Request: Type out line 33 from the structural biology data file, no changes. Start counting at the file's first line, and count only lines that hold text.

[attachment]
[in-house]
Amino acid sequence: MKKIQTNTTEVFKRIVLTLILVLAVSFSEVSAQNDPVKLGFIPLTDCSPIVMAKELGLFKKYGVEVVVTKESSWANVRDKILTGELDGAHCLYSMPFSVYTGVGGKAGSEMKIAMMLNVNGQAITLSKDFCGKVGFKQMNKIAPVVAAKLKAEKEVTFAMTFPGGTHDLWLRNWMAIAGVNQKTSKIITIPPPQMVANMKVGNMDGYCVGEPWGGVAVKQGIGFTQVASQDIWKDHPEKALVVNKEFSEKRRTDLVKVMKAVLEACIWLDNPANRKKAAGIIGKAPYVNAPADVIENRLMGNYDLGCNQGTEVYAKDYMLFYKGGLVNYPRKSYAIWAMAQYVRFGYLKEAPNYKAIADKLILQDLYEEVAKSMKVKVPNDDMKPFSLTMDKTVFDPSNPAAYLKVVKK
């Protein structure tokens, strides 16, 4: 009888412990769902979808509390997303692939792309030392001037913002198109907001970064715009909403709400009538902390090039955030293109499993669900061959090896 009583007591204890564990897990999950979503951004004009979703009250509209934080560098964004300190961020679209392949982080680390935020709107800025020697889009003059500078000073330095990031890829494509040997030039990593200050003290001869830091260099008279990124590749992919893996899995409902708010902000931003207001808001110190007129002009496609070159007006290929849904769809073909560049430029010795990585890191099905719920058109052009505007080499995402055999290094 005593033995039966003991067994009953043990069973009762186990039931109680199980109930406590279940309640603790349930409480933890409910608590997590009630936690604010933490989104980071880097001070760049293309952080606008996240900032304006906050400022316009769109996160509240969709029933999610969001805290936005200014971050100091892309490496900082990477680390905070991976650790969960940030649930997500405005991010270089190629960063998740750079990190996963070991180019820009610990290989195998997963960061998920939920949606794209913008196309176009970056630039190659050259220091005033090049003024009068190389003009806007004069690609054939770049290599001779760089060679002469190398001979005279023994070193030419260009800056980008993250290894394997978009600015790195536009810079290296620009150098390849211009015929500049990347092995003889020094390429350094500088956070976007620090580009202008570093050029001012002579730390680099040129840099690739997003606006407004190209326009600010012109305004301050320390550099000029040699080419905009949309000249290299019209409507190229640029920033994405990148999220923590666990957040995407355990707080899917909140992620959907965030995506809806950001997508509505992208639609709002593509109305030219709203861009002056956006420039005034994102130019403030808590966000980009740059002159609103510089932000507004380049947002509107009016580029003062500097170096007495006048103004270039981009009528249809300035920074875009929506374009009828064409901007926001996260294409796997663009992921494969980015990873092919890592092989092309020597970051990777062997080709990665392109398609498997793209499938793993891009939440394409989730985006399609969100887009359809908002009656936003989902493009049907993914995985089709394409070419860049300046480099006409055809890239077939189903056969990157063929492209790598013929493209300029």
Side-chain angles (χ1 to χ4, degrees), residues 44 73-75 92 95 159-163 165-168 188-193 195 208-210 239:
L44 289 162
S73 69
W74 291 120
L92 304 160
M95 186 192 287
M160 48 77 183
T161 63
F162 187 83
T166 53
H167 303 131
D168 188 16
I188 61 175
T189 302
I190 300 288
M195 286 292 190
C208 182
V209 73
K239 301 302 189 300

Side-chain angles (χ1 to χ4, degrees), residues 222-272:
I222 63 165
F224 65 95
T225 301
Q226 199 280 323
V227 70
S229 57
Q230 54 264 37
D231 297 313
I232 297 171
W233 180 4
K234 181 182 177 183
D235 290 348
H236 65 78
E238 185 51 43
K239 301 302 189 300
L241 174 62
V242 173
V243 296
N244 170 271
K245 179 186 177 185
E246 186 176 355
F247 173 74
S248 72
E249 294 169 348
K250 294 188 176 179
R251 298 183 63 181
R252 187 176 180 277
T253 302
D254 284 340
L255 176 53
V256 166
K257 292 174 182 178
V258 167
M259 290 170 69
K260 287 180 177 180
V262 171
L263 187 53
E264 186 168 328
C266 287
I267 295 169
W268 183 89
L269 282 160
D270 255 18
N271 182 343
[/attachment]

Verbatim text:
W233 180 4